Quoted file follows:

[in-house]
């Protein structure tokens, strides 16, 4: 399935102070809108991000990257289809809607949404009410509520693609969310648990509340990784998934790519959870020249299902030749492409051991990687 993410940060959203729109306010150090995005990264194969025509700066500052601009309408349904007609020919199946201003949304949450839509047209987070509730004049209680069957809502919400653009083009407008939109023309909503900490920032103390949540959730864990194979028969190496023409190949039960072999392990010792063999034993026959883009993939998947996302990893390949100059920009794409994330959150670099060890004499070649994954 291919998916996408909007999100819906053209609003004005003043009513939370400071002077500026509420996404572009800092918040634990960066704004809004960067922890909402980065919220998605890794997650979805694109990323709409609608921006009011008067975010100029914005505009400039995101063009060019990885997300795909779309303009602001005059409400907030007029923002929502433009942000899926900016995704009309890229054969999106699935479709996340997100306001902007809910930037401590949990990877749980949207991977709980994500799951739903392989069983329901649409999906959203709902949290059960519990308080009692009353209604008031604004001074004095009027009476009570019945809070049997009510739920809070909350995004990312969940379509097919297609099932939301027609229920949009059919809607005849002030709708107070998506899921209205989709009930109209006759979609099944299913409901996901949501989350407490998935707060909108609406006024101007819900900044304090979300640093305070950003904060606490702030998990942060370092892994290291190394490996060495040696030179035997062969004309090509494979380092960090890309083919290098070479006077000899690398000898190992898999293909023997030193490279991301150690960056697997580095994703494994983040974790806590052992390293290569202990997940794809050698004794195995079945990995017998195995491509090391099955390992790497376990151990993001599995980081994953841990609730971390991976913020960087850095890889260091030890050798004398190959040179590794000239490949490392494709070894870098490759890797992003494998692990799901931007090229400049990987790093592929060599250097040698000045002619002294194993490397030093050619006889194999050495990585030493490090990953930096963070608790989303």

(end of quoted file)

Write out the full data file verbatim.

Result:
[in-house]
């Protein structure tokens, strides 16, 4: 399935102070809108991000990257289809809607949404009410509520693609969310648990509340990784998934790519959870020249299902030749492409051991990687 993410940060959203729109306010150090995005990264194969025509700066500052601009309408349904007609020919199946201003949304949450839509047209987070509730004049209680069957809502919400653009083009407008939109023309909503900490920032103390949540959730864990194979028969190496023409190949039960072999392990010792063999034993026959883009993939998947996302990893390949100059920009794409994330959150670099060890004499070649994954 291919998916996408909007999100819906053209609003004005003043009513939370400071002077500026509420996404572009800092918040634990960066704004809004960067922890909402980065919220998605890794997650979805694109990323709409609608921006009011008067975010100029914005505009400039995101063009060019990885997300795909779309303009602001005059409400907030007029923002929502433009942000899926900016995704009309890229054969999106699935479709996340997100306001902007809910930037401590949990990877749980949207991977709980994500799951739903392989069983329901649409999906959203709902949290059960519990308080009692009353209604008031604004001074004095009027009476009570019945809070049997009510739920809070909350995004990312969940379509097919297609099932939301027609229920949009059919809607005849002030709708107070998506899921209205989709009930109209006759979609099944299913409901996901949501989350407490998935707060909108609406006024101007819900900044304090979300640093305070950003904060606490702030998990942060370092892994290291190394490996060495040696030179035997062969004309090509494979380092960090890309083919290098070479006077000899690398000898190992898999293909023997030193490279991301150690960056697997580095994703494994983040974790806590052992390293290569202990997940794809050698004794195995079945990995017998195995491509090391099955390992790497376990151990993001599995980081994953841990609730971390991976913020960087850095890889260091030890050798004398190959040179590794000239490949490392494709070894870098490759890797992003494998692990799901931007090229400049990987790093592929060599250097040698000045002619002294194993490397030093050619006889194999050495990585030493490090990953930096963070608790989303």